As the table above shows, every city is focused on transit-oriented development (TOD); public transport improvements, promotion and expansion; promoting carpooling and ridesharing; and expanding sidewalks and paths to promote walking and cycling. With respect to TOD and car-free mobility, several cities have specific goals or are taking specific actions that could impact fuel demand substantially over the coming decades:

  • Boston: The city is discussing an update to its climate plan that would institute a new goal to put every home in the city within 10 minutes of public transport, rail station or key bus route, bike share, and car share by 2050.
  • Columbus: Under its Smart Mobility program, the city is creating “smart mobility hubs,” centralized locations with access to different transportation options to help residents get where they need to go without the need for a car.
  • Minneapolis: One of the city’s goals is to reduce VMT 40% by 2040 through TOD, cycling, walking and public transit.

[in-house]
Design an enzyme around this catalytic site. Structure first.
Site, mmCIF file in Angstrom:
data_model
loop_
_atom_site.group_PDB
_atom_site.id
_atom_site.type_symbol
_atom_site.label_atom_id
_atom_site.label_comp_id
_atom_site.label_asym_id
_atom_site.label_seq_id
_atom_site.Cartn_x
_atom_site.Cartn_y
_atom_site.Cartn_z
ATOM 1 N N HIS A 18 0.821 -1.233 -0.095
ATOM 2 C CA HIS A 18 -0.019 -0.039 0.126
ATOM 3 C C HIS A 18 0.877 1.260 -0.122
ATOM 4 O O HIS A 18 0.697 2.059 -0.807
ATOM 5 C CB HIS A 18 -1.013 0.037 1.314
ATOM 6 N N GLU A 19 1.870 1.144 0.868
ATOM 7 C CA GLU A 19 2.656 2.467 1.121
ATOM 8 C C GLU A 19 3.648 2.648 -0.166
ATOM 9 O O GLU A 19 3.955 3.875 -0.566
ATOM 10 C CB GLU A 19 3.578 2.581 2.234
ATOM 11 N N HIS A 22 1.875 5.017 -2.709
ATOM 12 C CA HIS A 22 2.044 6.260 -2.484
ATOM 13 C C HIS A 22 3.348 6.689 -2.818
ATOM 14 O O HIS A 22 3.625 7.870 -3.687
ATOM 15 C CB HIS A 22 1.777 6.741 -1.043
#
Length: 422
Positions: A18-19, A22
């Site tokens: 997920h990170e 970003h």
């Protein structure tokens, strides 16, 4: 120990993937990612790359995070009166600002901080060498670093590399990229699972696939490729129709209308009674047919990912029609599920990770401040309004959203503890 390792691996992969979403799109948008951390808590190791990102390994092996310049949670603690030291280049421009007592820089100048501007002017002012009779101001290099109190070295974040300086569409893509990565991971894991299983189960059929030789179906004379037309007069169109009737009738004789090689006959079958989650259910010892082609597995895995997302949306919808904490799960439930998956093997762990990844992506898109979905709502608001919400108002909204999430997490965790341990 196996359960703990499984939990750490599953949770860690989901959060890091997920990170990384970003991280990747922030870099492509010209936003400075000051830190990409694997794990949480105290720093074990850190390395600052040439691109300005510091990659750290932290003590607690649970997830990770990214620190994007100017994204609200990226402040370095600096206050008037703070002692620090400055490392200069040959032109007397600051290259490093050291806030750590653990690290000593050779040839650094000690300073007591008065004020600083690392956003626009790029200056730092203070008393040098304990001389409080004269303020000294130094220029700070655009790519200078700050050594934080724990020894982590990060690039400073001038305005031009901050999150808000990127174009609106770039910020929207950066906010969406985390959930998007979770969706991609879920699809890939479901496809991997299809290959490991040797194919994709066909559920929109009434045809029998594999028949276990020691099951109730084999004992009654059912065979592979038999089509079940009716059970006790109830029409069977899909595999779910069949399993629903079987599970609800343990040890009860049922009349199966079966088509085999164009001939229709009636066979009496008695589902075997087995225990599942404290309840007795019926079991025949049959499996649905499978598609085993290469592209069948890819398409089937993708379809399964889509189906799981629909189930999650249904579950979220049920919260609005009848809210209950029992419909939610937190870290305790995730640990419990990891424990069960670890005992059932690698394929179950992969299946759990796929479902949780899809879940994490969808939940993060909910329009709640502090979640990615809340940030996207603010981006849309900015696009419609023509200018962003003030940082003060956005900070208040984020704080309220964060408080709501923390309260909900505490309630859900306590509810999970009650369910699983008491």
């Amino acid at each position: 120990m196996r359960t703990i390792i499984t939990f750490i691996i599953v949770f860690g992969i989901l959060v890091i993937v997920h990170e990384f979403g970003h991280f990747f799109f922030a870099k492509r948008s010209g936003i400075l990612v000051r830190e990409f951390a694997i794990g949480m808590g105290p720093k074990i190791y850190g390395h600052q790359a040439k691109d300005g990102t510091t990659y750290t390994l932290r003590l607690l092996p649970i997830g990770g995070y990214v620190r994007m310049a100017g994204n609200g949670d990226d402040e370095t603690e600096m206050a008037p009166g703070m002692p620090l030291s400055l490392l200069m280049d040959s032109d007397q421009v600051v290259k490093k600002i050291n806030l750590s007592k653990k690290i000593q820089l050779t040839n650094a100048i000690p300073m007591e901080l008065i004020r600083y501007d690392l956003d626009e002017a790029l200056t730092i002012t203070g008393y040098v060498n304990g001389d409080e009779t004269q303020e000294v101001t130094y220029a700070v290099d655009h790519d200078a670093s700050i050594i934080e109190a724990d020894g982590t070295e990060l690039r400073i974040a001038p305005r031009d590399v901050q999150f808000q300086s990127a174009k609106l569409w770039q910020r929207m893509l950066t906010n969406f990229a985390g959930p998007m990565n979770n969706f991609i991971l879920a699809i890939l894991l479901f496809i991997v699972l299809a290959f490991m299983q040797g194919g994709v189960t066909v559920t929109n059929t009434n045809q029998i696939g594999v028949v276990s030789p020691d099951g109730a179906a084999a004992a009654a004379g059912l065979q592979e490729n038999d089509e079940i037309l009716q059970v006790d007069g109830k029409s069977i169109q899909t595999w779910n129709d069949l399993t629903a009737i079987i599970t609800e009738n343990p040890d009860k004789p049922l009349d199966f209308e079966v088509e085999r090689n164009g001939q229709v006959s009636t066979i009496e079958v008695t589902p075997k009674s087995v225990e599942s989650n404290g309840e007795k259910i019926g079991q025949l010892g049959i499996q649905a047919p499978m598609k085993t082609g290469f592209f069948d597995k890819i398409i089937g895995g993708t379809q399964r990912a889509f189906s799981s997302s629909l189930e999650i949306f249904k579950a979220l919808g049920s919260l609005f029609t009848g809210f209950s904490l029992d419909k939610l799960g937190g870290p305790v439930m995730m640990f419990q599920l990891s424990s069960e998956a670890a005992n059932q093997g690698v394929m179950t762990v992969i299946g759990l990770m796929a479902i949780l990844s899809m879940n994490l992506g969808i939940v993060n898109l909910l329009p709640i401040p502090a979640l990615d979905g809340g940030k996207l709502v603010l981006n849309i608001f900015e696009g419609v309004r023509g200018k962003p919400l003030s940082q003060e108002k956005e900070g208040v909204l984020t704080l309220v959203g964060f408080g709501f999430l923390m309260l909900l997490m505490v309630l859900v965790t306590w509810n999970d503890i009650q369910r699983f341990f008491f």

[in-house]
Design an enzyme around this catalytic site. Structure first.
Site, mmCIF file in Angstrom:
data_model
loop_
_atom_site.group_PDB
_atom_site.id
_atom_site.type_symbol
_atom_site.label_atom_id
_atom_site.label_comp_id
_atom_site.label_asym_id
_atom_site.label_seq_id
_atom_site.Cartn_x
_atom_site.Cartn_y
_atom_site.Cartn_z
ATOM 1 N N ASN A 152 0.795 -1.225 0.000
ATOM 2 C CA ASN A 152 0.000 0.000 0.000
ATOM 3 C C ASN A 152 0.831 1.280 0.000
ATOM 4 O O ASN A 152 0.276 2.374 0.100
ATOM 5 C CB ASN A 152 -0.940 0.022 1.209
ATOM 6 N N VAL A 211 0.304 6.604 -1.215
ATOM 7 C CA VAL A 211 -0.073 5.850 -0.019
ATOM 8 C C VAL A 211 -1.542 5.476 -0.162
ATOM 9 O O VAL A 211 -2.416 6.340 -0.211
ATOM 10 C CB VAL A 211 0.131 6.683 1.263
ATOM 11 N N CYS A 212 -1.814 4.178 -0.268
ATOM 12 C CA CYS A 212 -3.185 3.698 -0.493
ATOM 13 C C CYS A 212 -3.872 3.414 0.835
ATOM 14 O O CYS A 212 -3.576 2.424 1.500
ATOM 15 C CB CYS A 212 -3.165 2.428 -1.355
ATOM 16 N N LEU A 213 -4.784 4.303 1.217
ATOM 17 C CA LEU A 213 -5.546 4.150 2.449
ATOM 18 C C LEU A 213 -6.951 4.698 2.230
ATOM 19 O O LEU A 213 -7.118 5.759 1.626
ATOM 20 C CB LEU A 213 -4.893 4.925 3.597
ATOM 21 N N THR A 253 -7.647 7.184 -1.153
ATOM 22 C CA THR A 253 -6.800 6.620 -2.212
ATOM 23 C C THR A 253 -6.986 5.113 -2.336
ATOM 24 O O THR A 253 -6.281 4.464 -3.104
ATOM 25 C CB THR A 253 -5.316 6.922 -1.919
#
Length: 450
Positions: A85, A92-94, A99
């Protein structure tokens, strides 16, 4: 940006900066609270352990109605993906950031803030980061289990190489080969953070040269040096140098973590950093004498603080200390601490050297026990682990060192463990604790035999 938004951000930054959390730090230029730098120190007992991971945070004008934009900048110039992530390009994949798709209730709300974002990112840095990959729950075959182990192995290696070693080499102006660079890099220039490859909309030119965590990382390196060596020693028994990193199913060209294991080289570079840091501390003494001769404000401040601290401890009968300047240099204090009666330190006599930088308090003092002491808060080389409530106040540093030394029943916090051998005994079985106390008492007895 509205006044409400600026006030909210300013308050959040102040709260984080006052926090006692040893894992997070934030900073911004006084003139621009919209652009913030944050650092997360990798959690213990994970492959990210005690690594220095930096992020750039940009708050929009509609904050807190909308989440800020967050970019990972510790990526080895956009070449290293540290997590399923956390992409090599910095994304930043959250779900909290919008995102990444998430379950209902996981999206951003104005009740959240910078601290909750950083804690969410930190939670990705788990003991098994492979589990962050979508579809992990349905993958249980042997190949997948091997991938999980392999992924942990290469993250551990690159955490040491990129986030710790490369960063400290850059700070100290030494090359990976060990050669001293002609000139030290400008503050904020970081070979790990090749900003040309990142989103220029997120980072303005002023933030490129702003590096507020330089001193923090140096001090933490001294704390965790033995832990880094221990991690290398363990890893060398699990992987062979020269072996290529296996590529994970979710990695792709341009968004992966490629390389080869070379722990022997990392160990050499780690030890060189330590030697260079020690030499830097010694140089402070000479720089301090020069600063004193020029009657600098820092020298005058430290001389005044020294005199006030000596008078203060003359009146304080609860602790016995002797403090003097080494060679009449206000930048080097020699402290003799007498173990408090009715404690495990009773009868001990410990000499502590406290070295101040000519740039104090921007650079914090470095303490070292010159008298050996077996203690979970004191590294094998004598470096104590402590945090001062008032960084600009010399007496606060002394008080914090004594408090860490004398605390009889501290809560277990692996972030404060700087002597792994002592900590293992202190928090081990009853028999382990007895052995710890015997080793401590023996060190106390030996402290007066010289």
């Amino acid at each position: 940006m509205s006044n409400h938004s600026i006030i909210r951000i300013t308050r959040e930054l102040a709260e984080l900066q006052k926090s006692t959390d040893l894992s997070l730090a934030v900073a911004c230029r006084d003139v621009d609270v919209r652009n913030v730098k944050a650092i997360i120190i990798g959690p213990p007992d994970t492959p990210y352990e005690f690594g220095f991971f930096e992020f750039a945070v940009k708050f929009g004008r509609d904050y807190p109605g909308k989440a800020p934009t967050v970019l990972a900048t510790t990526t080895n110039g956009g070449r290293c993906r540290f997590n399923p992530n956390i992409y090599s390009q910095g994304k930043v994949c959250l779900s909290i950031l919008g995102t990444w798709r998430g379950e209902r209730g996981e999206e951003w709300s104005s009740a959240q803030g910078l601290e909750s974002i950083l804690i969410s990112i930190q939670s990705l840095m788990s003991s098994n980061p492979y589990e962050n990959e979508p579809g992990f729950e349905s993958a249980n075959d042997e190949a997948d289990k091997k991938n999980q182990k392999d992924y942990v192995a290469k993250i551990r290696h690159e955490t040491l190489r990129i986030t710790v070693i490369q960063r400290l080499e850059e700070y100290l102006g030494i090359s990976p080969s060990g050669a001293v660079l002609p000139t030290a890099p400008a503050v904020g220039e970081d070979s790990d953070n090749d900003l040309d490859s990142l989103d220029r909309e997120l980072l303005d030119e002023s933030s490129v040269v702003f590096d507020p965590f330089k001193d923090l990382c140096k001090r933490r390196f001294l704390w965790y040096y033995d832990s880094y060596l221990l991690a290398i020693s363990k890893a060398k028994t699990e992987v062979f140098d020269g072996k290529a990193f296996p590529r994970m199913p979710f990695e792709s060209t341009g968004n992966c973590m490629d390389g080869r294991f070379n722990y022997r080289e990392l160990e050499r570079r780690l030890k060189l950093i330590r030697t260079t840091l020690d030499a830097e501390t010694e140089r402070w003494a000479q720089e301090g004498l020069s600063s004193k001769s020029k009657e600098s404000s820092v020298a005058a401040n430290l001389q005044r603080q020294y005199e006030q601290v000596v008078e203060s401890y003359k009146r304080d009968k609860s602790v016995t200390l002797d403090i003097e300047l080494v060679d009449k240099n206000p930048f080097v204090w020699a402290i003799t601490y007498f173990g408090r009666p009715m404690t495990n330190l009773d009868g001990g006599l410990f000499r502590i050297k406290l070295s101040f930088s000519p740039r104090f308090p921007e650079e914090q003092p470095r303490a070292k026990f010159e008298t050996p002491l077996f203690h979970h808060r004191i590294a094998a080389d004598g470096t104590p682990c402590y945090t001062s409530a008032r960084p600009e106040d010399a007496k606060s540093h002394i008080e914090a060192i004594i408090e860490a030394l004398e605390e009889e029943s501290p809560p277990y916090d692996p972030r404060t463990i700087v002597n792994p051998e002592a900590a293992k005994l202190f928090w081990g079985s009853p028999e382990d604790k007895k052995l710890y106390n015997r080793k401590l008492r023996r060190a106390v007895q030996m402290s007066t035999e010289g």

• Orlando: The city’s 2040 goal is that a majority of trips taken in the city are done on foot, bike, carpooling, or transit.
  • Phoenix: The city’s goal by 2050 is to make walking, cycling, and transit commonly used and enjoyed in every Phoenix neighborhood. This goal will result in 90% of the population living within one-half mile of transit and 40% of the population choosing to commute by walking, biking, or transit.
  • San Antonio: The city’s 2040 goal is to reduce each person’s VMT. In 2015, VMT was 24 miles per person per day. In 2040, the goal is to reduce that to 19 miles per person per day.